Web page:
The End of Transatlanticism? EU Security and Defence Policies and the ‘Strategic Autonomy’ Debate from a Historical and Contemporary Perspective

  title={The End of Transatlanticism? EU Security and Defence Policies and the ‘Strategic Autonomy’ Debate from a Historical and Contemporary Perspective},
  author={Moritz A Pieper and Martijn Lak},
This article examines whether calls for European ‘strategic autonomy’ in response to Trump’s rhetoric are qualitatively different from earlier disagreements in US-EU relations. By doing so, it re-assesses Geir Lundestad’s concept of “Empire by Invitation” to illustrate constraints for the development of such an autonomy especially in defence affairs. We argue that the US’s involvement in European defence affairs was never an invitation to ‘empire’, as the invitational aspect was based on… 

European defence policy at a crossroads – Germany preserving the status quo and France seeking change?

  • M. Huntley
  • Political Science
    European Politics and Society
  • 2020
ABSTRACT The combination of an increasingly assertive Russia with growing uncertainty over long-term US commitment to Europe's security has resulted in calls for new efforts to be made in European



European strategic autonomy: actors, issues, conflicts of interests

Europe is increasingly required to assume greater responsibility for its own well-being and security. The debate about strengthening Europe’s ability to exert influence and act on its interests

EU–NATO cooperation: the key to Europe’s security future

  • J. Howorth
  • Political Science
    EU–NATO Relations
  • 2020
ABSTRACT The re-launch of the EU’s security and defence project in the wake of Brexit and the election of Donald Trump has focused the spotlight on the relationship between NATO and the EU. This

Transatlantic security relations since the European security strategy: what role for the EU in its pursuit of strategic autonomy?

  • Michael Smith
  • Political Science, Computer Science
    Transatlantic Relations in Times of Uncertainty
  • 2020
Evaluating the recent record of, and prospects for, EU-US security collaboration regarding various problems mentioned as strategic priorities in the ESS, EUGS, and related documents finds the EU is also increasingly willing to forge its own path in this realm and possibly diverge with US priorities.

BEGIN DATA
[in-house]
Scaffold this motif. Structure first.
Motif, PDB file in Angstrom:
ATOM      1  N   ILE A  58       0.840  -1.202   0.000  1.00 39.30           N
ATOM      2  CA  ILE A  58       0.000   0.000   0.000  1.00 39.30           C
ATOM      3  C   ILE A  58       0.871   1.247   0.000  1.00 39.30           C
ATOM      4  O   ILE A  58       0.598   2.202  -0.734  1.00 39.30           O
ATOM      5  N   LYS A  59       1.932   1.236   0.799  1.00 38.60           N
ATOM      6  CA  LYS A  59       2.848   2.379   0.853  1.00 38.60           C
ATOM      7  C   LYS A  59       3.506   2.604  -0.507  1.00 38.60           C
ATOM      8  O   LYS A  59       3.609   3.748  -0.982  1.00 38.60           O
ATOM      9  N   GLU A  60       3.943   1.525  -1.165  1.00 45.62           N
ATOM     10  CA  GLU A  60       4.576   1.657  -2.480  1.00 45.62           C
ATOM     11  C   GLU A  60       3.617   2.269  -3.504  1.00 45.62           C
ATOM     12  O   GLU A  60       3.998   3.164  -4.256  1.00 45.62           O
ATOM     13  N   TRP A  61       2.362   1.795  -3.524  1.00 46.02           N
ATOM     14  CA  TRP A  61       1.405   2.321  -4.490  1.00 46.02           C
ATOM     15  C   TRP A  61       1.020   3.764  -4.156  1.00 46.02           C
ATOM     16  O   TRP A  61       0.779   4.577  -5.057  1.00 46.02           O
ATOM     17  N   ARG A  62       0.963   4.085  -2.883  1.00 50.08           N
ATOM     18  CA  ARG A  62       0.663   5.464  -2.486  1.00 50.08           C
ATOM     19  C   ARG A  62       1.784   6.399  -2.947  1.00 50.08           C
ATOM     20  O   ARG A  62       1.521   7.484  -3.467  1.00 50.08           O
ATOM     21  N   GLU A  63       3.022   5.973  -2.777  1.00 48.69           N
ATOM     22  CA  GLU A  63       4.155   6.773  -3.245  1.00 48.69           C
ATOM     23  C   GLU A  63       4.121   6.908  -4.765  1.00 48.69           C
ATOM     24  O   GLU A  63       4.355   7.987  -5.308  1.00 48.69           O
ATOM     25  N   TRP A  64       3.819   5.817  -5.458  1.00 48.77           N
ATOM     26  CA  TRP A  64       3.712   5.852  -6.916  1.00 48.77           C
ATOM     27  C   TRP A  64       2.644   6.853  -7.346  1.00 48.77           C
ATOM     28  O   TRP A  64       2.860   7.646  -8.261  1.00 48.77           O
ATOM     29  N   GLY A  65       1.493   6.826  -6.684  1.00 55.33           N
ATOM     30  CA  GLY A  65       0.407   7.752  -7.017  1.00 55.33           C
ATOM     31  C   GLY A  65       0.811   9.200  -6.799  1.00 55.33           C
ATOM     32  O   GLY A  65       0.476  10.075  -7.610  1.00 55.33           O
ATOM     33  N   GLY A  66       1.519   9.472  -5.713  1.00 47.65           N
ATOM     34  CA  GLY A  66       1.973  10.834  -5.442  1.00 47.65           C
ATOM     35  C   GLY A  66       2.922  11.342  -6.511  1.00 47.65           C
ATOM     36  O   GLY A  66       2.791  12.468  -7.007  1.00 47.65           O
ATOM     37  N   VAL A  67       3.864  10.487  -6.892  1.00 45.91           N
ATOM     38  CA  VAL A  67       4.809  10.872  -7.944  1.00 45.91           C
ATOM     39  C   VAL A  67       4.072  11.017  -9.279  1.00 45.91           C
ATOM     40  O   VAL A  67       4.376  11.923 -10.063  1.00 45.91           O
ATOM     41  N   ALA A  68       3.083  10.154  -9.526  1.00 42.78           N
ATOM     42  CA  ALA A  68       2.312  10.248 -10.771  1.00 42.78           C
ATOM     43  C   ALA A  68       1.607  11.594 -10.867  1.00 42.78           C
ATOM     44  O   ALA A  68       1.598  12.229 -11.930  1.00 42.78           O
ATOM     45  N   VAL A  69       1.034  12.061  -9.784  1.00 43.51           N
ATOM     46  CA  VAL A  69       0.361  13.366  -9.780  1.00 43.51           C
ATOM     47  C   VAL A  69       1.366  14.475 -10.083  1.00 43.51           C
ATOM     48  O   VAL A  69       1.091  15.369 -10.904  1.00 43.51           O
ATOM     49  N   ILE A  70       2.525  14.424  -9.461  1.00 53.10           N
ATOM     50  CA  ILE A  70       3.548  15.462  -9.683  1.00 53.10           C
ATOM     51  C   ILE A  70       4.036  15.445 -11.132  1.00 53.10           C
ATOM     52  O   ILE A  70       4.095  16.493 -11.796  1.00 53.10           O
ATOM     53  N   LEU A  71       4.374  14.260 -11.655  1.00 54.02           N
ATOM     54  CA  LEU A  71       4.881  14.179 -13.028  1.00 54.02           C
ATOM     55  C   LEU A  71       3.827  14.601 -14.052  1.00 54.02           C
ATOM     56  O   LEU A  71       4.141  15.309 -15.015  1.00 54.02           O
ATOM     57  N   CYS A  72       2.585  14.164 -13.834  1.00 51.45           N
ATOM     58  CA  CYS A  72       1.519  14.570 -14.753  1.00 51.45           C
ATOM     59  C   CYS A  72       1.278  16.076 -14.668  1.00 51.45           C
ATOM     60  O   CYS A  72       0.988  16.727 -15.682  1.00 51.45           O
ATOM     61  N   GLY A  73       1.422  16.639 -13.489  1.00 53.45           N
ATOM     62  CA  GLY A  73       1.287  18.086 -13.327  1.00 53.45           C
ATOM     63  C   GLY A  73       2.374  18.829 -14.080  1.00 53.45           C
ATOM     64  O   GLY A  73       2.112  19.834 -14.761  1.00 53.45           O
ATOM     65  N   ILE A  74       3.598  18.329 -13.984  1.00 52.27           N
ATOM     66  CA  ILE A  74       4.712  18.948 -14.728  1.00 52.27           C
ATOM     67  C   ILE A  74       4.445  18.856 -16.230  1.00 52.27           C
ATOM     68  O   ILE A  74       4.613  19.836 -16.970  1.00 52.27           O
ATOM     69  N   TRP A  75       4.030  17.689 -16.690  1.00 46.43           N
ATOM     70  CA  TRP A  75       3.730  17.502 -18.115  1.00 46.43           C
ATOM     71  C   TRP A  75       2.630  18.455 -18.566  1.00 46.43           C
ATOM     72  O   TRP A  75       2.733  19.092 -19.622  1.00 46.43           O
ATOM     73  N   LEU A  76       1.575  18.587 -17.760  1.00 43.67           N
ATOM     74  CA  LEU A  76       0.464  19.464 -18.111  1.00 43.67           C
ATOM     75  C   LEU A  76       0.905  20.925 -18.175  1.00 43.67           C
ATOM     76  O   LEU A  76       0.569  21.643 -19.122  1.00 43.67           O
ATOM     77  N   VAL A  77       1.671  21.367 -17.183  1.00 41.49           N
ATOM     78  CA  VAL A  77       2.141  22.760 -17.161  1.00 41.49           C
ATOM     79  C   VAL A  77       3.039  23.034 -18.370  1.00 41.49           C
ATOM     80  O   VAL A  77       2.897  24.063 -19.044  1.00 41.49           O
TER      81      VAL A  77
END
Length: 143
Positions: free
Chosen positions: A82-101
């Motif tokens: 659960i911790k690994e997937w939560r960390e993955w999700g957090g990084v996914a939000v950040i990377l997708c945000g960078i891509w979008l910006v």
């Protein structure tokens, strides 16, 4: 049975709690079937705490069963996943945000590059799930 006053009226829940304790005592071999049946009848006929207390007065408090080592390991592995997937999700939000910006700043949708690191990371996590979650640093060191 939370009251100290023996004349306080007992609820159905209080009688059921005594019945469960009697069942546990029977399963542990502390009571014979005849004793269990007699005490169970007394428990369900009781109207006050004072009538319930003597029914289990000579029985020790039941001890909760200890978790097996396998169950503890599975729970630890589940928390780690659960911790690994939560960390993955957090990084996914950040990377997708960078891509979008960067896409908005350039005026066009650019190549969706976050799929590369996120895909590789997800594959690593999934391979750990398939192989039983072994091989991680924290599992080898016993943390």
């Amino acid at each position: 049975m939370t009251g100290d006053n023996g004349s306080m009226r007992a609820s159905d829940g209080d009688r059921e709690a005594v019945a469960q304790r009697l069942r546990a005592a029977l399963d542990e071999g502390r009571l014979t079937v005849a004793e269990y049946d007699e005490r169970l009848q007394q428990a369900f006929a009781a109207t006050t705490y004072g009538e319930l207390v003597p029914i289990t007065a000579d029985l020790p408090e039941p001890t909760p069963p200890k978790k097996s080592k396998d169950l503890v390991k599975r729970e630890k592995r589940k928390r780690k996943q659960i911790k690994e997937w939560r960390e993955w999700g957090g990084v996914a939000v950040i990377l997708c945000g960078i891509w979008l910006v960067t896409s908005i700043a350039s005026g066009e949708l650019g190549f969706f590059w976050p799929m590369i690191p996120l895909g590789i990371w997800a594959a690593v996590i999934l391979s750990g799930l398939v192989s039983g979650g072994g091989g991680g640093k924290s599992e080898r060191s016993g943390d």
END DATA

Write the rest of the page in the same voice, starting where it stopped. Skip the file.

The EU, NATO and the Quest for European Autonomy

Our title, Defending Europe, was chosen because its double meaning reflects the central themes of this book. All of the chapters that follow deal with issues related to the profound transformation of

European foreign policy :from rhetoric to reality?

There is agreement in political and academic circles that the European Union needs a common foreign and security policy (CFSP). The question is how to move from recognised necessity to practical

The Common Security and Defence Policy as an act of American hegemony

Abstract This article argues that rather than being an emancipatory step for the EU, the Common Security and Defence Policy in its current format represents a continuation of US strategic hegemony.

Trump, American hegemony and the future of the liberal international order

International Affairs 94: 1 (2018) 133–150; doi: 10.1093/ia/iix238 © The Author(s) 2018. Published by Oxford University Press on behalf of The Royal Institute of International Affairs. All rights

Of Paradise and Power: America and Europe in the New World Order

European leaders, increasingly disturbed by U.S. policy and actions abroad, feel they are headed for a moment of truth. After years of mutual resentment and tension, there is a sudden recognition

The foreign policy of the European Union

While there is certainly no lack of topical academic literature, most competing titles would fall short either on the level of theoretical or empirical information on European Union (EU) foreign

NATO: The United States, Transformation and the War in Afghanistan

NATO remains important to Bush's successor but on terms which are as demanding as those of his predecessors, and the safest assumption in this regard is that Obama will continue to favour the trend towards a global NATO pursued by the Bush administration, however, retreat (or defeat) in Afghanistan could hasten a contrary Trend towards a consolidating NATO with a renewed concentration on the wider Europe.